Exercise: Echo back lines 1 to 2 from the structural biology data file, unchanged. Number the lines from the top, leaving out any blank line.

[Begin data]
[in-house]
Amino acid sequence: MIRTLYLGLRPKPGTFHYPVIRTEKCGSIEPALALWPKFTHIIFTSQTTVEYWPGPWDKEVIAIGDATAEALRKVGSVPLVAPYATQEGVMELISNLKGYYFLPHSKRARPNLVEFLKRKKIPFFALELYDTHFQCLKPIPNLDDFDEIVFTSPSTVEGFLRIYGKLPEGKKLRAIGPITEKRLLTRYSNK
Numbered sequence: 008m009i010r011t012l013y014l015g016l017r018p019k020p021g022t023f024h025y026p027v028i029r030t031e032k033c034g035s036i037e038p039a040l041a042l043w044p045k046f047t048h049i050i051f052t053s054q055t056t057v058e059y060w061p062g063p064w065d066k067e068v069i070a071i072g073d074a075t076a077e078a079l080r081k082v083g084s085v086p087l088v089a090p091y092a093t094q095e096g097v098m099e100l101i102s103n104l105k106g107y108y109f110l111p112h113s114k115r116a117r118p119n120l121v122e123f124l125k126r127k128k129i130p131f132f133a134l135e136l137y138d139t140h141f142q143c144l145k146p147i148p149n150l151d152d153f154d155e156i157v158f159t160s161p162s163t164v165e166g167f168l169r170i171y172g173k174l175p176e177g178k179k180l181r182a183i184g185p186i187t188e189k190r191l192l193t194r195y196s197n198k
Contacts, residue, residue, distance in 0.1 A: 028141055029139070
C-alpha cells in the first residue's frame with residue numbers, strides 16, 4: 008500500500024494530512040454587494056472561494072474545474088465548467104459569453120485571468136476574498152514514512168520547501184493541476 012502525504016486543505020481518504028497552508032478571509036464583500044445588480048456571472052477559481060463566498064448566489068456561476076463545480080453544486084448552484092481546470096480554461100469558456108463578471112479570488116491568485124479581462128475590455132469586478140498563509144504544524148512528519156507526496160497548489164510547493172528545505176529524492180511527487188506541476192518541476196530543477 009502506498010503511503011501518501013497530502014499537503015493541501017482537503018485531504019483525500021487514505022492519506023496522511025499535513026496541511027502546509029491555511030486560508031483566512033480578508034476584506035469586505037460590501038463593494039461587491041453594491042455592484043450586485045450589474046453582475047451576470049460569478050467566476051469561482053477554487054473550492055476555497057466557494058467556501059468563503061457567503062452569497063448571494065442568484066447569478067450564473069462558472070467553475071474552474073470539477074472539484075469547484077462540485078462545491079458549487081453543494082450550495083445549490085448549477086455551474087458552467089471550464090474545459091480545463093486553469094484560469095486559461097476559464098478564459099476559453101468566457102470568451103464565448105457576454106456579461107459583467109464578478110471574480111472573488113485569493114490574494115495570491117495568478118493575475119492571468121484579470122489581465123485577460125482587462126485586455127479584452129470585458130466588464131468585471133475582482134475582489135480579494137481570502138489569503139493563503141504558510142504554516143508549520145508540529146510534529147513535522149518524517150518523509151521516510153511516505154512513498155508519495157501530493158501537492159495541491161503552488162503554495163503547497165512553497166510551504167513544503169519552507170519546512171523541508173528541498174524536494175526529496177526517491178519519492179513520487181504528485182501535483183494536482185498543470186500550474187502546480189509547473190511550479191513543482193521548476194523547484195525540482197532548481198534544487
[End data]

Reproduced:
[in-house]
Amino acid sequence: MIRTLYLGLRPKPGTFHYPVIRTEKCGSIEPALALWPKFTHIIFTSQTTVEYWPGPWDKEVIAIGDATAEALRKVGSVPLVAPYATQEGVMELISNLKGYYFLPHSKRARPNLVEFLKRKKIPFFALELYDTHFQCLKPIPNLDDFDEIVFTSPSTVEGFLRIYGKLPEGKKLRAIGPITEKRLLTRYSNK